By Alan Y Seatwo, on 17 February 2017
Planning is a vital part of the curriculum design process. In 1984, David A. Kolb published his experiential learning theory, which stated that the importance of learning enabled taking the new understanding and translating it into predictions as to what would happen next or what actions should be taken to refine or revise the way a task was to be handled. Providing advice for the planning of curriculum design is an integral part of the role of a learning technologist. It is also one of the most rewarding experiences because it involves working closely with subject matter experts. During planning meetings, discussions on modes of learning, structure and the use of learning technologies are at full flow. Last week, I worked with the Department of Science, Technology, Engineering and Public Policy (STEaPP)’s Head of Department, Dr Jason Blackstock, and Senior Teaching Fellow, David Wright, on digital content development for the department’s 2-week challenge for undergraduates, How to Change the World (HtCtW).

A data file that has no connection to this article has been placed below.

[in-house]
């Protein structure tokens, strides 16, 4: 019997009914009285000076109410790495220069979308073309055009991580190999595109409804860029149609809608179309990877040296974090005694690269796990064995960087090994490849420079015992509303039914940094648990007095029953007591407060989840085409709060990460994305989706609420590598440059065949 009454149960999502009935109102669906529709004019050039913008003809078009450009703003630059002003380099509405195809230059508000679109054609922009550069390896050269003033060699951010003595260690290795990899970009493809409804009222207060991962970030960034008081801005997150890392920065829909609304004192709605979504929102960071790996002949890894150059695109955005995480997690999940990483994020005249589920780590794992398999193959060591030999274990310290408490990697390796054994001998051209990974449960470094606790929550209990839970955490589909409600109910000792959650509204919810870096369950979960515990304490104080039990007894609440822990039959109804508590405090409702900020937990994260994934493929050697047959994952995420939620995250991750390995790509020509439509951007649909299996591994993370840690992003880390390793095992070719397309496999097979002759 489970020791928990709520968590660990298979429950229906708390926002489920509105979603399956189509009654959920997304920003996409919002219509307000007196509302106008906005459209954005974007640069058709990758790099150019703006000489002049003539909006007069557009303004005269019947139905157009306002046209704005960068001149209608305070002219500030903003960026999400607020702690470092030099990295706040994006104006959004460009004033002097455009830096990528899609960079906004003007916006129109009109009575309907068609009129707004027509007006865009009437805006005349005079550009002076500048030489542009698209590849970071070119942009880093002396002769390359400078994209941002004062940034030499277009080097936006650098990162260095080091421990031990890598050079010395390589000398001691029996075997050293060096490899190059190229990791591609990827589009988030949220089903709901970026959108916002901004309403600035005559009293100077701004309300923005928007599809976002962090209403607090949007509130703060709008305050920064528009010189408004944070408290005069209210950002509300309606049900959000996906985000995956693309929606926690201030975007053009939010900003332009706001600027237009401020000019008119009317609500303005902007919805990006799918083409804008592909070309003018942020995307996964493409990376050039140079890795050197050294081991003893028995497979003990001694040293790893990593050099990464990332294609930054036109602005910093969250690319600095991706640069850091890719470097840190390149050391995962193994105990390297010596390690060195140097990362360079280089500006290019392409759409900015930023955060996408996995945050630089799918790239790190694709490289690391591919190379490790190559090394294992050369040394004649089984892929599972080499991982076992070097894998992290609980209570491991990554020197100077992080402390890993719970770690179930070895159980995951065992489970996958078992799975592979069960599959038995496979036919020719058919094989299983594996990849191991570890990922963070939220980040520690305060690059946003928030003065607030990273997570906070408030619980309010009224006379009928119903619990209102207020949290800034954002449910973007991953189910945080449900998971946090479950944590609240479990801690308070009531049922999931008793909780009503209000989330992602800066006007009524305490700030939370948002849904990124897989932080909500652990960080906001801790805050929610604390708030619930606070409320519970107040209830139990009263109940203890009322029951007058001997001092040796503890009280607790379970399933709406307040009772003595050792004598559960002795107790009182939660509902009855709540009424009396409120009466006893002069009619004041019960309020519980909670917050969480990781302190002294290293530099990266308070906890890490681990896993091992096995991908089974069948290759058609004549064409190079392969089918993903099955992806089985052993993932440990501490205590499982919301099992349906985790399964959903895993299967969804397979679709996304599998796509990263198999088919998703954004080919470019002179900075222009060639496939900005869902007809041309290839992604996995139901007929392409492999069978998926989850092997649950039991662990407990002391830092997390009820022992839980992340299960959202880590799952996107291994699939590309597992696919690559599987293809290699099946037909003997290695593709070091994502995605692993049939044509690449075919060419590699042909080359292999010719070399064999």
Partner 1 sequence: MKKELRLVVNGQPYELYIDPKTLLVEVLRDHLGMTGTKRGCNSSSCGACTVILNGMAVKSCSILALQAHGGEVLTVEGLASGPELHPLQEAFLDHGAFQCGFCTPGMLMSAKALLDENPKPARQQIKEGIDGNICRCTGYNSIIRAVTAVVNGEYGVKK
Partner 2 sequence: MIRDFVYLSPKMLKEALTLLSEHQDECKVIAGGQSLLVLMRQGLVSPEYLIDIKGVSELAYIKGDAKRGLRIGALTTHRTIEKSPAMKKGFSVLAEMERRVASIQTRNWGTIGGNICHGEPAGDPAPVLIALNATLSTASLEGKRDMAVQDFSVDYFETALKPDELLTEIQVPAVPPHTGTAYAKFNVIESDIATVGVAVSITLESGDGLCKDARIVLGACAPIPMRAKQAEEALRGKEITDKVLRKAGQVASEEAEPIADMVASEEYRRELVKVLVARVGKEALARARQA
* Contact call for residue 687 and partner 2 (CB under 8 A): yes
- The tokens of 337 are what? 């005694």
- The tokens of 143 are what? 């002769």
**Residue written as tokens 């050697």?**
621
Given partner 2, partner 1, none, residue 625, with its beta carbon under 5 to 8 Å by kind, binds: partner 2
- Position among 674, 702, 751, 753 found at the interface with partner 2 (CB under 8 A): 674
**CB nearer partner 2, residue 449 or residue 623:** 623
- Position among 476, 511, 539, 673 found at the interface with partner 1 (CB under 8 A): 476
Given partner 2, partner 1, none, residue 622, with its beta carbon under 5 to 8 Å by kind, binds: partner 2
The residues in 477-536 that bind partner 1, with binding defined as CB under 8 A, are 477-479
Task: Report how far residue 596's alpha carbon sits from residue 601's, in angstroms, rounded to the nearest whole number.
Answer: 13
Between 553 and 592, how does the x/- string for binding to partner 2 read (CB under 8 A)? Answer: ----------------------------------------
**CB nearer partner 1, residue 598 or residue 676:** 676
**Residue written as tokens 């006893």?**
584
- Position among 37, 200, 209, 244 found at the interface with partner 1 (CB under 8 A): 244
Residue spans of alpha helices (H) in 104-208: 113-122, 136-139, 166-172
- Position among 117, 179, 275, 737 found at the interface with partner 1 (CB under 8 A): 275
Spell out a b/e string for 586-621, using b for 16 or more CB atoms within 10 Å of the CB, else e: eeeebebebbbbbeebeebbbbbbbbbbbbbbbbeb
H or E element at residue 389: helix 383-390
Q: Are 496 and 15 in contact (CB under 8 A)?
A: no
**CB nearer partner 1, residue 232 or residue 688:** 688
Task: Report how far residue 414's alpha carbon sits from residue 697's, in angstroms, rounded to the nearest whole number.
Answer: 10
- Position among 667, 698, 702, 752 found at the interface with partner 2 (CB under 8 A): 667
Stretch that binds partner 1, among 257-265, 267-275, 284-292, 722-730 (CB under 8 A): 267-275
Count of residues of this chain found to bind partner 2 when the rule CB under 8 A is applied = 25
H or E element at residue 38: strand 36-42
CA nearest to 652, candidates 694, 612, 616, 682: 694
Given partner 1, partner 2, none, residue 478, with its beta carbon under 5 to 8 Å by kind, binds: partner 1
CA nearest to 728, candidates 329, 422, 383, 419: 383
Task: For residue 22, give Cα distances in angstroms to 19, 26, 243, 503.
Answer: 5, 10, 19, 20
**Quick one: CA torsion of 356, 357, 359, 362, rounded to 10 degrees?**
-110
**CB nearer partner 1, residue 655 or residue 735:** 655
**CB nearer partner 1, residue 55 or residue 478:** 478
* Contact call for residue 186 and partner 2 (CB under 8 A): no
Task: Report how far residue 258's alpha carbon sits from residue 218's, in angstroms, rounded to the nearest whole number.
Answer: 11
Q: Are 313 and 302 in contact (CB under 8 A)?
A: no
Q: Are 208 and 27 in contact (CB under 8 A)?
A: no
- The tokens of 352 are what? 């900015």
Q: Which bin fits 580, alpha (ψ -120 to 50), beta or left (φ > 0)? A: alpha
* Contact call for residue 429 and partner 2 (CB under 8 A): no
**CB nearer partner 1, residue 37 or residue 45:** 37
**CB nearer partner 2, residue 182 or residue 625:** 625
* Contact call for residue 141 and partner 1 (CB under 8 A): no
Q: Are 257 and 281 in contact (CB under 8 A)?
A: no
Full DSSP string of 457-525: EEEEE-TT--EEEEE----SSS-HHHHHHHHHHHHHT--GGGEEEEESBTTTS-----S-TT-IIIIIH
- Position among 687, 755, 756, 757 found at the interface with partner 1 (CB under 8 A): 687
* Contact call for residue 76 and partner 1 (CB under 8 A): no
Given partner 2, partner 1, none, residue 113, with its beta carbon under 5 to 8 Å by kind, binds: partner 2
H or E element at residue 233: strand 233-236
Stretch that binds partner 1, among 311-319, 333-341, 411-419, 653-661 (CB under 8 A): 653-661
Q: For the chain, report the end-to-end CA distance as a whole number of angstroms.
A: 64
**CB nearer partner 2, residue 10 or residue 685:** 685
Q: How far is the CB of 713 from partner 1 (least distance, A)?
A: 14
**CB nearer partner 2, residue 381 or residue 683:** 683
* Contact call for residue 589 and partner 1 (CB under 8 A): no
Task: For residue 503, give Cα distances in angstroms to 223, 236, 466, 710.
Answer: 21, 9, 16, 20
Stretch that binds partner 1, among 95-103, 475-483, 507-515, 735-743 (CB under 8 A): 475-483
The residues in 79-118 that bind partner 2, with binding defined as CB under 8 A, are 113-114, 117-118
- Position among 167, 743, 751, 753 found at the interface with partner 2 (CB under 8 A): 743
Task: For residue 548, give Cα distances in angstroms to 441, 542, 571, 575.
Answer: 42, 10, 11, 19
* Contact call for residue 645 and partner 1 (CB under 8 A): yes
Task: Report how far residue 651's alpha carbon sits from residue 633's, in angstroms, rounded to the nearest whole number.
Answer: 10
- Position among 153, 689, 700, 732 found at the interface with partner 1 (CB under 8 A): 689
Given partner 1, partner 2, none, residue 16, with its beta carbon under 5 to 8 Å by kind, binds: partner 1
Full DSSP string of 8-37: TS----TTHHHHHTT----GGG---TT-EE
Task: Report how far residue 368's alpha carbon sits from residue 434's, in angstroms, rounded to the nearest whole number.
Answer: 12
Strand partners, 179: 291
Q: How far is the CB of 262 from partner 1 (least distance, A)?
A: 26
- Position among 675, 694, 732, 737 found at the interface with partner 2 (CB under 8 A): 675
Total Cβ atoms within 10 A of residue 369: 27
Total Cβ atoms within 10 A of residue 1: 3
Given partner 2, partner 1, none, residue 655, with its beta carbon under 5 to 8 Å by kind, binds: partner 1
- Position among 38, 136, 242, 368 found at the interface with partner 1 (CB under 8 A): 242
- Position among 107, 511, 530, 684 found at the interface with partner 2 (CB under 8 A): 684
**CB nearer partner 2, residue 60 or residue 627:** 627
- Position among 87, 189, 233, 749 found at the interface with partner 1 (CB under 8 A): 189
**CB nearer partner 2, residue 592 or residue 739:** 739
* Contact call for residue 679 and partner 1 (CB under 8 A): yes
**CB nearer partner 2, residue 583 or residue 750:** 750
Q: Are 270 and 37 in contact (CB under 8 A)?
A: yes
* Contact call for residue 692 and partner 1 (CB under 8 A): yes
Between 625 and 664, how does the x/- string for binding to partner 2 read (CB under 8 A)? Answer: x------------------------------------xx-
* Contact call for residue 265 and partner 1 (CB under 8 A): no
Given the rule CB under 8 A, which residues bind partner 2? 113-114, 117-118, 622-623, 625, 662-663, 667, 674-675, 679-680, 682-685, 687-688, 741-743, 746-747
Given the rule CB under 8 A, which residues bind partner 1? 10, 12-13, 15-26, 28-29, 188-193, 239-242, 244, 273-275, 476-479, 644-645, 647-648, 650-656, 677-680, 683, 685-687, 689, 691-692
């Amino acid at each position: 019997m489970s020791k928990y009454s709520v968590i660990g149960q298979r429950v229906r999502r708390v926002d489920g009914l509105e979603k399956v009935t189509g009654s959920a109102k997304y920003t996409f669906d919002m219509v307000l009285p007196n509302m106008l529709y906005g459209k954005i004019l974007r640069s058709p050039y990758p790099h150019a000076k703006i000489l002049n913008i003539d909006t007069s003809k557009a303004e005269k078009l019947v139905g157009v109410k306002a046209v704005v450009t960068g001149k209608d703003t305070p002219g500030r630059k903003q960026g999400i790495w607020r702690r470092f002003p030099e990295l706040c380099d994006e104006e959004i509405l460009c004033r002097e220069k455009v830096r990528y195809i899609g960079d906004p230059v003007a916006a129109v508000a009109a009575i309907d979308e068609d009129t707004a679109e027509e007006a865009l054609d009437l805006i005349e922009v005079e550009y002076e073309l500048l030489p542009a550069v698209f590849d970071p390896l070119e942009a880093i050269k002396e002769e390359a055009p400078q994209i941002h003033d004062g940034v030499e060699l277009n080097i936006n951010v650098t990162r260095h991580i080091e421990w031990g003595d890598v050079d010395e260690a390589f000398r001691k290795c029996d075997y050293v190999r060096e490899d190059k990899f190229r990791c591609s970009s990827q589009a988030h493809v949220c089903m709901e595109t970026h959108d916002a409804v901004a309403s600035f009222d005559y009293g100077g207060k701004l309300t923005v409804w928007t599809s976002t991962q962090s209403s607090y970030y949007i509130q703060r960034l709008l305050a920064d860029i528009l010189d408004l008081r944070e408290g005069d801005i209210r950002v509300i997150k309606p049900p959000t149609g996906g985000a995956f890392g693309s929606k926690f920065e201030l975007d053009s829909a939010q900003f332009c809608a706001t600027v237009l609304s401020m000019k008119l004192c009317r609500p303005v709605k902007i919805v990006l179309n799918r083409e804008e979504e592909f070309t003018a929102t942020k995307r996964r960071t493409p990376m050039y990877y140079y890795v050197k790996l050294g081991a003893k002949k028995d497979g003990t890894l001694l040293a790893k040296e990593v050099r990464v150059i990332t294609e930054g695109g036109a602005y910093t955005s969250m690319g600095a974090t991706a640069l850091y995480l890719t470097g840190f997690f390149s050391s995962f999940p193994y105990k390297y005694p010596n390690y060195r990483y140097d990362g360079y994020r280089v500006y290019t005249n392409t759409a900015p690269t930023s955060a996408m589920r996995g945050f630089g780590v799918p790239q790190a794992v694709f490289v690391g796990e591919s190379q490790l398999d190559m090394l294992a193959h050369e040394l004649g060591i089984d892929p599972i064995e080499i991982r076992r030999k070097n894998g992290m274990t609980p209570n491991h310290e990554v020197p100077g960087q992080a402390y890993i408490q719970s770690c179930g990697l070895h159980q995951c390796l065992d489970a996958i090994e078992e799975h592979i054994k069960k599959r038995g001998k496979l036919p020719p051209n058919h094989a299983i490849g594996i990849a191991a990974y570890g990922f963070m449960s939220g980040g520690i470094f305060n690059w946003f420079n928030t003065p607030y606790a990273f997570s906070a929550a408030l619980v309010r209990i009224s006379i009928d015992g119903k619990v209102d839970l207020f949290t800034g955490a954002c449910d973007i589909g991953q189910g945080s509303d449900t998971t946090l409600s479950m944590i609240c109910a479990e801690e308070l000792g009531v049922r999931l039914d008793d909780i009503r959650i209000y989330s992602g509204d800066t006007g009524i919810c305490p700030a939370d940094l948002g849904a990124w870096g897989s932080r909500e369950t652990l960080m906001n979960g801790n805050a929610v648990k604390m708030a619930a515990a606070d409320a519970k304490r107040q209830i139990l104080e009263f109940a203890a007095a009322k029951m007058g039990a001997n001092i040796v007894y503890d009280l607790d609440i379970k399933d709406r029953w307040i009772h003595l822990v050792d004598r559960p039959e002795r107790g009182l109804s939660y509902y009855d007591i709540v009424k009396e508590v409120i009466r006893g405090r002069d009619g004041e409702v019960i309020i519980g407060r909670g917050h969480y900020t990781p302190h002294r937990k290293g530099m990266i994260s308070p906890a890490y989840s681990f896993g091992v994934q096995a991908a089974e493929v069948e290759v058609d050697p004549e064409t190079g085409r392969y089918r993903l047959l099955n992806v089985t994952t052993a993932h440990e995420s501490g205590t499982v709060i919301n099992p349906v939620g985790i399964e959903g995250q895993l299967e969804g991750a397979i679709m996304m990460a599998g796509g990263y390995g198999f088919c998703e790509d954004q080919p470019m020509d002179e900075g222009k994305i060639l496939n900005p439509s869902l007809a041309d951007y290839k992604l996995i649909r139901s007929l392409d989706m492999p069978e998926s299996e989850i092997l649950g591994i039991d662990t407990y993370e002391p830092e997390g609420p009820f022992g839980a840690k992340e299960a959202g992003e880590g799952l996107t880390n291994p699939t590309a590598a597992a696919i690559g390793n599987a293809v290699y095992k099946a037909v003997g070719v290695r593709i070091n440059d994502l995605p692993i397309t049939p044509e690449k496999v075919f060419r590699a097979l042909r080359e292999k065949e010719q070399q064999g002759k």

At the start of the term, some staff in the department attended the ABC Curriculum Design Workshop delivered by Digital Education Team. We decided to use it as a framework for our planning of HtCtW. The two-week intensive programme uses a problem-based learning approach. It requires students to understand a complex global challenge and enables students to demonstrate a variety of their competencies (problem solving, creativity, communication and collaboration) to approach the issue. As part of our planning session, the programme leads laid out a series of learning activities on a chart and put them into different categories: knowledge acquisition, discussion, collaboration, practice and production. The simplicity of the model visually demonstrated the concentration on each type of activity through colour coding and highlighted misalignments in the learning cycle. We could easily see the types of learning content and technologies that will be required at the start, during and end of the programme. This finished plan is also a useful communication tool to explain the structure of the programme, learning objectives, assessment and feedback. The plan will be presented to the next meeting of cohort leads of HtCtW from across the Engineering faculty.
Feedback from the staff on the usefulness of this model has been very positive. Although they were aware of the model, this is the first time they have used it to structure a programme. Everyone found it very easy to understand and apply. I have no doubt that this curriculum design model will be used again in the department and I look forward to learning more from using it by other colleagues.